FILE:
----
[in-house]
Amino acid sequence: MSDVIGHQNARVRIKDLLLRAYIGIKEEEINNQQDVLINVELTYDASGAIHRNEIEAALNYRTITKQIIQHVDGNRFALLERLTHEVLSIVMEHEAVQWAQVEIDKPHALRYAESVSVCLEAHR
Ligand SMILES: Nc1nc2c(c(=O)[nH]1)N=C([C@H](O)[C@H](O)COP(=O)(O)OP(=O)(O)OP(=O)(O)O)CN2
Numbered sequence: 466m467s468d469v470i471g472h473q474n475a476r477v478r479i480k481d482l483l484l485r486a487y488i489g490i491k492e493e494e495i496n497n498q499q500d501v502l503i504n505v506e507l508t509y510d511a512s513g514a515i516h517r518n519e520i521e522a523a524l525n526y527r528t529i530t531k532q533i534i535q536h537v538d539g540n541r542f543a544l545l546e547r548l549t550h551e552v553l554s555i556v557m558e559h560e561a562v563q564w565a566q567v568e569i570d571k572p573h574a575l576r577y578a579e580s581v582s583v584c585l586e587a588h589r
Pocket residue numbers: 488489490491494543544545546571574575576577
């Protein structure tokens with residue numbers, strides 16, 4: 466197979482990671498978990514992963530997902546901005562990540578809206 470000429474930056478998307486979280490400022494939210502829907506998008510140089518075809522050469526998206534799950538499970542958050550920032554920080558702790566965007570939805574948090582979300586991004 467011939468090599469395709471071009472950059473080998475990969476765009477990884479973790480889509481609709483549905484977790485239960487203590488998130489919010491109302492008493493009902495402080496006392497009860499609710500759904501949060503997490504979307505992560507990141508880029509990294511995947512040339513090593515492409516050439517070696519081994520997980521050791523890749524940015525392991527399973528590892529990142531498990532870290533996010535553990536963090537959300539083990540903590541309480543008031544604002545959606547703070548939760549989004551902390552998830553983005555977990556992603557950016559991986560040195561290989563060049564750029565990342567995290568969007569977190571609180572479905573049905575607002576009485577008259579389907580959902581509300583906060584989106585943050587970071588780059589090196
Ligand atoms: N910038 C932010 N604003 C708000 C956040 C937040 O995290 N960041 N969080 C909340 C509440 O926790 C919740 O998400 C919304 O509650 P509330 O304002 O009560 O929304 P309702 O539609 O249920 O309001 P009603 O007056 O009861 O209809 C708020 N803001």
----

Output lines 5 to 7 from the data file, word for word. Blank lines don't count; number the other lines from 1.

Pocket residue numbers: 488489490491494543544545546571574575576577
């Protein structure tokens with residue numbers, strides 16, 4: 466197979482990671498978990514992963530997902546901005562990540578809206 470000429474930056478998307486979280490400022494939210502829907506998008510140089518075809522050469526998206534799950538499970542958050550920032554920080558702790566965007570939805574948090582979300586991004 467011939468090599469395709471071009472950059473080998475990969476765009477990884479973790480889509481609709483549905484977790485239960487203590488998130489919010491109302492008493493009902495402080496006392497009860499609710500759904501949060503997490504979307505992560507990141508880029509990294511995947512040339513090593515492409516050439517070696519081994520997980521050791523890749524940015525392991527399973528590892529990142531498990532870290533996010535553990536963090537959300539083990540903590541309480543008031544604002545959606547703070548939760549989004551902390552998830553983005555977990556992603557950016559991986560040195561290989563060049564750029565990342567995290568969007569977190571609180572479905573049905575607002576009485577008259579389907580959902581509300583906060584989106585943050587970071588780059589090196
Ligand atoms: N910038 C932010 N604003 C708000 C956040 C937040 O995290 N960041 N969080 C909340 C509440 O926790 C919740 O998400 C919304 O509650 P509330 O304002 O009560 O929304 P309702 O539609 O249920 O309001 P009603 O007056 O009861 O209809 C708020 N803001």